Social insecurity begins with a tax scheme designed to talk earners out of their wages with a vague promise of rewards far in the future. Sounds like a suckers game to me and I have playing it for a long time. Social security is a “Money or your life!” tax that is designed to have the working pay for those less fortunate or retired. It’s a tall order in these times of high inflation for working folks to pay for those not working at rates for which they themselves will not be compensated in the future.
My first experience with social security was writing an application for my mother back in the early 90’s. It wasn’t until the third try did someone pay enough attention to review her case. She eventually received her benefits but I realized there was a government worker or two at the other end on a coffee break. But that isn’t the issue I have with social security it’s just a symptom of what I don’t like about it.
Social security for me it begins in the backyard. Now that I think about it really begins in the seedling trays and garage where I spend my winters preparing for productive summers. For me there are really only two seasons, winter and summer because what I do in the winter portends how my summer will pass. I know that building bee homes and planting seeds has already allowed me leap into spring with fully planted gardens and three filled bee boxes and it’s only April 29. This is a good life lesson because my actions have not been overly reliant on far away places to have the production I aim for in the backyard.
I look at my retirement similarly and must conclude that I may have missed the boat in some respect at least I have learned more about money in the past 10 years than the 30 to that. Because of the awakening I produce things for many reasons. One of which is to lead me to independence from reliance from my wage to support my lifestyle. I still want the wage but not as something that if I lose I am crushed. In many ways Social Security plays a role in how I face the future. I know enough not to believe in something too good to be true and Social Security is not even that good. Especially as a means of survival. I think the intentions under which it was founded were good but we all know that such a road leads to hell.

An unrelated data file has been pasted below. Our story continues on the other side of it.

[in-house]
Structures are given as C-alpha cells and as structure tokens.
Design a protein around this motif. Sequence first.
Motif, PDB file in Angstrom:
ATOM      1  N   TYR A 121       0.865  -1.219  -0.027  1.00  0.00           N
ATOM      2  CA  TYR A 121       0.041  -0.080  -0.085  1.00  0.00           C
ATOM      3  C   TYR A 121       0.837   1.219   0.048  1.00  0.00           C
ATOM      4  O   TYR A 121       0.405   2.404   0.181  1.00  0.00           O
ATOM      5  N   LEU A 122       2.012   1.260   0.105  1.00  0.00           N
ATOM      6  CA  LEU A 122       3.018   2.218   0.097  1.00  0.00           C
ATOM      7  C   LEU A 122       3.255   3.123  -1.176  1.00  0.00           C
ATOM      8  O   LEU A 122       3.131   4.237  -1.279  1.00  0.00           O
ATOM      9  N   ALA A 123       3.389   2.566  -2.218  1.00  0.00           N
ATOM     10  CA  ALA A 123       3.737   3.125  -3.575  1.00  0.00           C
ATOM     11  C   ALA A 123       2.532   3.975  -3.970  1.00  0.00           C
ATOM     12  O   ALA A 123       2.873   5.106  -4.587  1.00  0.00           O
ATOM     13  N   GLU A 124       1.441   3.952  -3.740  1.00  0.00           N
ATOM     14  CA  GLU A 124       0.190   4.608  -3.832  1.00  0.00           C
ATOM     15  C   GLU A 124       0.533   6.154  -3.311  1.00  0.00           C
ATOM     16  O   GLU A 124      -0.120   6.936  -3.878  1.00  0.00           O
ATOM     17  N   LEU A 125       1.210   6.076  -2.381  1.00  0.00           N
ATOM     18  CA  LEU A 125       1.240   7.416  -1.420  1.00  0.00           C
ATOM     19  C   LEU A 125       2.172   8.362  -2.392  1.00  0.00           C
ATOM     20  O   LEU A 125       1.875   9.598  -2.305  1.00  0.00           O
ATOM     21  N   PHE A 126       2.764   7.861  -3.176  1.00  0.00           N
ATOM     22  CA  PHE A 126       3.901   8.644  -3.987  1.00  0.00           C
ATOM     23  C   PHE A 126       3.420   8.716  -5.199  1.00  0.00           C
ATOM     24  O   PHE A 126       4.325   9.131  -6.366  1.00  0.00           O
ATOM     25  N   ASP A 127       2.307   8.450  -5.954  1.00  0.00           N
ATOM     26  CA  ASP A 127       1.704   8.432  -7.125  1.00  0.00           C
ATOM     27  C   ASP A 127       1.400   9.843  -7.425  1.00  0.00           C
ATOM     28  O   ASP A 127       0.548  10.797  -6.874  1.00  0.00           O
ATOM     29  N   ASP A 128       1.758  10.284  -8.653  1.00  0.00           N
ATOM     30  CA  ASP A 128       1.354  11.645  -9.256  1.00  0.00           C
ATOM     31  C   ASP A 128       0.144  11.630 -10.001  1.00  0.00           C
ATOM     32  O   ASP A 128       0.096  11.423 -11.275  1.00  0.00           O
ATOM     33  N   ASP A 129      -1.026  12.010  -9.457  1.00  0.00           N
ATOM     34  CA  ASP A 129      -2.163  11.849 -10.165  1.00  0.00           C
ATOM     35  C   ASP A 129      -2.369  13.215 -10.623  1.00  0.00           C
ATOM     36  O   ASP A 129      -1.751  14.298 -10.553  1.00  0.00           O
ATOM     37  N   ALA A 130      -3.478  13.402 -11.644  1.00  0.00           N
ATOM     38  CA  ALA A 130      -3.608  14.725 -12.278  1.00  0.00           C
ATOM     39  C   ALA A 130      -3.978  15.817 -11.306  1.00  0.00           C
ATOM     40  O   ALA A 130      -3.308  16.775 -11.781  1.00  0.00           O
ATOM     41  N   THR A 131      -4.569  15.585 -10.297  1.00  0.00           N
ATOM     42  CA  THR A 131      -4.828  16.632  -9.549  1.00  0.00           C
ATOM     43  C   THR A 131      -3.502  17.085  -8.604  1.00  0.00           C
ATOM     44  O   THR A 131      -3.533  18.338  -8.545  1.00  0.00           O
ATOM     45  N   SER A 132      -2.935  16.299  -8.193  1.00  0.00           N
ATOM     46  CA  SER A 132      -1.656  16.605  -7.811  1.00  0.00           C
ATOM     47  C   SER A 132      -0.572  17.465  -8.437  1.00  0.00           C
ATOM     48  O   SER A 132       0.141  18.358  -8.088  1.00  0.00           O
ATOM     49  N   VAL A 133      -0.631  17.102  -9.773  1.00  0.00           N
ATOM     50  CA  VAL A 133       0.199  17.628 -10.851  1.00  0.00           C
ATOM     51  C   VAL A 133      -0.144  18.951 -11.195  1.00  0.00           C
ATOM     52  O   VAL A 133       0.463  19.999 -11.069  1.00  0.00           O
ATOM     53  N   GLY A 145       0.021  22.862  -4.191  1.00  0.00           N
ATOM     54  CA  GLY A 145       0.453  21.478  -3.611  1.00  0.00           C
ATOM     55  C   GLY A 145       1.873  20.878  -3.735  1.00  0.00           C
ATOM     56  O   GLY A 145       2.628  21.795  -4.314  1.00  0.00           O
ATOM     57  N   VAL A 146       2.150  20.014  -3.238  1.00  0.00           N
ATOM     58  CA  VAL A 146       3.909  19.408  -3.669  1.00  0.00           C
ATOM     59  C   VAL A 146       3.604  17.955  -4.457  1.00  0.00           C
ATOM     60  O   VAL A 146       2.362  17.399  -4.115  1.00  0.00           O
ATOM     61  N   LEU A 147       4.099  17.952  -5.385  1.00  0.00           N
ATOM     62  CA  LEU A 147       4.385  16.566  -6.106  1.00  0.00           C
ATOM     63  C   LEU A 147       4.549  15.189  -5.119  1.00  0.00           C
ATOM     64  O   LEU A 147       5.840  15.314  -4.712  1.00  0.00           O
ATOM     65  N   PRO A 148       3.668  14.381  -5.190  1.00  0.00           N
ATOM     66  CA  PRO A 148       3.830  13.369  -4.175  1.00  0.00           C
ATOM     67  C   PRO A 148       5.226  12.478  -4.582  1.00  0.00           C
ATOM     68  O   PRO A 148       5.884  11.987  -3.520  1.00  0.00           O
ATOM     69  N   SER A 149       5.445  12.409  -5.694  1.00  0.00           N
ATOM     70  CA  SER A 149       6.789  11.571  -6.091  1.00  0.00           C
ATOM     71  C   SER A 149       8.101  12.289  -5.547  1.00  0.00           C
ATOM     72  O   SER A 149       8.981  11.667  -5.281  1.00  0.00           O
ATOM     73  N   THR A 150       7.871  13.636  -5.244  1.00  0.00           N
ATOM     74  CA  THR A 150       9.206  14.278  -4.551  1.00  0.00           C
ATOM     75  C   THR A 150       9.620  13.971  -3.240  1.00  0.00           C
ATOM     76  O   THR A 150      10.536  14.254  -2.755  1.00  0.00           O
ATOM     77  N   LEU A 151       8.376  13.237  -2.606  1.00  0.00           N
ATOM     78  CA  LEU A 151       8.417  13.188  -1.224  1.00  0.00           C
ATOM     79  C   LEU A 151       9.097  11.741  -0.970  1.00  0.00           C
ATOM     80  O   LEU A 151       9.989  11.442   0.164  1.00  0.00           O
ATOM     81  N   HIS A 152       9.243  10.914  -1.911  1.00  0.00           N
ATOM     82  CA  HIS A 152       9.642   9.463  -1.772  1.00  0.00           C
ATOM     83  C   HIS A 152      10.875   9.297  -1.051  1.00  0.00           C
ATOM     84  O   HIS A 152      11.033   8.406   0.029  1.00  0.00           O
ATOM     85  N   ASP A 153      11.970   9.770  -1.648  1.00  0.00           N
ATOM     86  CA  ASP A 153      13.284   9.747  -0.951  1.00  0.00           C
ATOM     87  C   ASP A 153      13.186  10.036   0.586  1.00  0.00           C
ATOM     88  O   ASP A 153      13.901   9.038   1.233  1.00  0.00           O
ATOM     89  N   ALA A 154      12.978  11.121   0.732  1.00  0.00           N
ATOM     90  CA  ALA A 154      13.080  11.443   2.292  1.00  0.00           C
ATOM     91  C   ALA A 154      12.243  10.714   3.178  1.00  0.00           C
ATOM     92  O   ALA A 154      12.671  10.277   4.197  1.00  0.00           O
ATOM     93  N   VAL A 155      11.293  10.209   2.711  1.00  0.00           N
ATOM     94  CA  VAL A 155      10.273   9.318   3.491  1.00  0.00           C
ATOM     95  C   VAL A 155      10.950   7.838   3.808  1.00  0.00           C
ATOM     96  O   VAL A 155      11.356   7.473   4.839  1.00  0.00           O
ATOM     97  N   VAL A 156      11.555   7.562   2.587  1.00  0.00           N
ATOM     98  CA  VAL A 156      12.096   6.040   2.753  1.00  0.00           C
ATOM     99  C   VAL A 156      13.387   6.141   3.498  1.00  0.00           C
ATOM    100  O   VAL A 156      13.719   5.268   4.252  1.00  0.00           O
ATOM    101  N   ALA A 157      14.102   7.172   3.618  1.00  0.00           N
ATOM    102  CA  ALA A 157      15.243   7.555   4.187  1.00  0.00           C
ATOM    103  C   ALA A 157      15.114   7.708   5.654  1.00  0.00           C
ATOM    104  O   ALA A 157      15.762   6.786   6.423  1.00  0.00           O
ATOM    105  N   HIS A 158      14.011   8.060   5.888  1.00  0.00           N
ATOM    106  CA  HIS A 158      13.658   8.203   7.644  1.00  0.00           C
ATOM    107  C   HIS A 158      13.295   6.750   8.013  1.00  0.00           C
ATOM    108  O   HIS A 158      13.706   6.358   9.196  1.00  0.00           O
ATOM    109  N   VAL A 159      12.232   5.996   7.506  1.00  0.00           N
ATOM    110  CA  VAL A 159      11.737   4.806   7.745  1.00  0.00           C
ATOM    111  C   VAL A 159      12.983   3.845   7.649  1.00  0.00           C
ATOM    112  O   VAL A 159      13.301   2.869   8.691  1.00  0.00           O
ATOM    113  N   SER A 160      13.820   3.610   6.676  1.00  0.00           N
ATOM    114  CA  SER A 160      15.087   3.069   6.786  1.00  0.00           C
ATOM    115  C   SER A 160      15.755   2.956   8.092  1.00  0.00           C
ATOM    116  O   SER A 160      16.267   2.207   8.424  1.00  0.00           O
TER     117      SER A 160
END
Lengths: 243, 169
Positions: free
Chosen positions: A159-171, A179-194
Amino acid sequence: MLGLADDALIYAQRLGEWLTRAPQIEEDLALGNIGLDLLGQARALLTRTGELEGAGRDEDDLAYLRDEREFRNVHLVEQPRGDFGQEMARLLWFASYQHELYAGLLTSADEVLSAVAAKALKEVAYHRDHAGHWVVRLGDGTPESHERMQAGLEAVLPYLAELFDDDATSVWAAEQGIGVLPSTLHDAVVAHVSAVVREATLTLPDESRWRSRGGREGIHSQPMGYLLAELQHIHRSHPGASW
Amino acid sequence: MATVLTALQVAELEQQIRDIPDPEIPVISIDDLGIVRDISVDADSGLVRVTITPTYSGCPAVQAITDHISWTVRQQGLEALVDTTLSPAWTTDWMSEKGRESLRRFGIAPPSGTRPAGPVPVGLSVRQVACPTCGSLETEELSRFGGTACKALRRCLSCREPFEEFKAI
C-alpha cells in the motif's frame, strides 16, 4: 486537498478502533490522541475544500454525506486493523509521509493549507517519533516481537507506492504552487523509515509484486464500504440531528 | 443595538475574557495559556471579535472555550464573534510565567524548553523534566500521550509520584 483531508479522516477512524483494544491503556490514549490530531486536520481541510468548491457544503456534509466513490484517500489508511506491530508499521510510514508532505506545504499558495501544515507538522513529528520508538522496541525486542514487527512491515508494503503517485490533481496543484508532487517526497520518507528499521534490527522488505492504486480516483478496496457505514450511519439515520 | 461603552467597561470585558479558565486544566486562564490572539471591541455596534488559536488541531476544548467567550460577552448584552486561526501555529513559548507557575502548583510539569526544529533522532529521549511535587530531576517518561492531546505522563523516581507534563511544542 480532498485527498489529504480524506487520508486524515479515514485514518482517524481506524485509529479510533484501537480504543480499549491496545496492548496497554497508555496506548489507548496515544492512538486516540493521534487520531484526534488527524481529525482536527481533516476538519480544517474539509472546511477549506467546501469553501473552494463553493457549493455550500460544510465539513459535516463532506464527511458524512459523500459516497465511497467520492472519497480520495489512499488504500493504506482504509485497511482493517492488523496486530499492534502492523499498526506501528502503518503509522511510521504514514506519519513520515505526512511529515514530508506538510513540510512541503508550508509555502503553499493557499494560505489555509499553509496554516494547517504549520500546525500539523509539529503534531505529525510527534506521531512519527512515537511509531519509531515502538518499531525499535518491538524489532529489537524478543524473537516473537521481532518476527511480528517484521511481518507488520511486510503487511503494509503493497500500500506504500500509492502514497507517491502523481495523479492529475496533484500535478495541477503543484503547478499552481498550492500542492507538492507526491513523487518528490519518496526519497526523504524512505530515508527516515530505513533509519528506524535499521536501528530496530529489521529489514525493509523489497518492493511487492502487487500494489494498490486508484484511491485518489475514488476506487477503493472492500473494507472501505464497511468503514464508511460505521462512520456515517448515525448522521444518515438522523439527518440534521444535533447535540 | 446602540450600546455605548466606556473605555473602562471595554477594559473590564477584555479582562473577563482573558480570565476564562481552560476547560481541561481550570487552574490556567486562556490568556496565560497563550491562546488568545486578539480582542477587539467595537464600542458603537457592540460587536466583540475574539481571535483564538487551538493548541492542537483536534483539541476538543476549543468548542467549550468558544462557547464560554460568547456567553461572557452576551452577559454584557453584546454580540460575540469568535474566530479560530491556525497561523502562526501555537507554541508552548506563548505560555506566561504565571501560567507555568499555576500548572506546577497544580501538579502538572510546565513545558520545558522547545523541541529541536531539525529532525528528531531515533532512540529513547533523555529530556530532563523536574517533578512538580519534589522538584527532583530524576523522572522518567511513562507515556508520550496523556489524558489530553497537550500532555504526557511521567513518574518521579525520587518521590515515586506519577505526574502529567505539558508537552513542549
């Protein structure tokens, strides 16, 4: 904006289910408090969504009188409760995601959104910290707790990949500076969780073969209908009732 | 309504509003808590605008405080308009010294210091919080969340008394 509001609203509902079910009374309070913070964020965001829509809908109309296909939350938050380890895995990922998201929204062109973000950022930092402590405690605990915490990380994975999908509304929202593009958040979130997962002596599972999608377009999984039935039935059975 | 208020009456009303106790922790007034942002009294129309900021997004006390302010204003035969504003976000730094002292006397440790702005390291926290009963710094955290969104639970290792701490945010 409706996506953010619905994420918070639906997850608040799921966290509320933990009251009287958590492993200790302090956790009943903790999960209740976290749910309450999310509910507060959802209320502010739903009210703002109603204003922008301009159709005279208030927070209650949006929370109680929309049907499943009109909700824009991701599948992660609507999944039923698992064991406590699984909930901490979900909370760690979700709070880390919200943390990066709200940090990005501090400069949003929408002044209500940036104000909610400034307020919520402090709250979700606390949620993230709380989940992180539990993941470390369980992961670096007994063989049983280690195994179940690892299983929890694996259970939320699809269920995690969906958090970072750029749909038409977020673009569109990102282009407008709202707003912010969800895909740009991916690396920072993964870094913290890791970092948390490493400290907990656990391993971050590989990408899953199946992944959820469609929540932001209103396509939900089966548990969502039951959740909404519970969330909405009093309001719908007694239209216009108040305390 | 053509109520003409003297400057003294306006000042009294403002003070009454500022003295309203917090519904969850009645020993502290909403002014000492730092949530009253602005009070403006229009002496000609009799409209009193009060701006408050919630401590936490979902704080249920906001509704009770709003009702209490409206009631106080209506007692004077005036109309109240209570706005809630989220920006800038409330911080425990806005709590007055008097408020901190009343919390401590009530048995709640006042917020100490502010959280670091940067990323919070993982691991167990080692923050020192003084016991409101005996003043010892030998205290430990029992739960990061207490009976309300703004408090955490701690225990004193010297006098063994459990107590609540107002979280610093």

The wages that are taken from workers to support those not working are held in the Old Age and Survivors Insurance fund (OASI) and the Disability Insurance fund (DI) to make up OASIDI. That is the notation you see on your earning statement. Provided we live in a stable world with exponential growth i.e. exponential energy growth then regardless of needs there will always be enough wages to tax to support the system provided workers are not lost to over automation.
However, the world in which we live and the future we face is less stable than past generations could have imagined. It is also clear that growth and the cost of living are highly vulnerable to market machinations especially in these days where most account information only exists as a flow of electrons across computer systems. Yet the social security system is basing its survivability on the empirical nature of only the positive aspects of our world.
These times thus call for more attention to the simple things in life such as there will be more taxes, higher prices and the government’s got it now and you’re not getting it back. Same as it ever was. But it’s not necessary to fight the system or even a raise a flag rather it is imperative to take what you have to make more of what you need, be successful at it, profit from it and face your retirement as your responsibility. If there is any social security left for you to benefit from then all the better. In the meantime don’t bet your happiness on a government worker with too many coffee breaks.
By the way check the fees in your 401K before turning off the lights. Now go and do something useful to prepare for your retirement. Produce something useful with value and don’t store all your savings as electrons.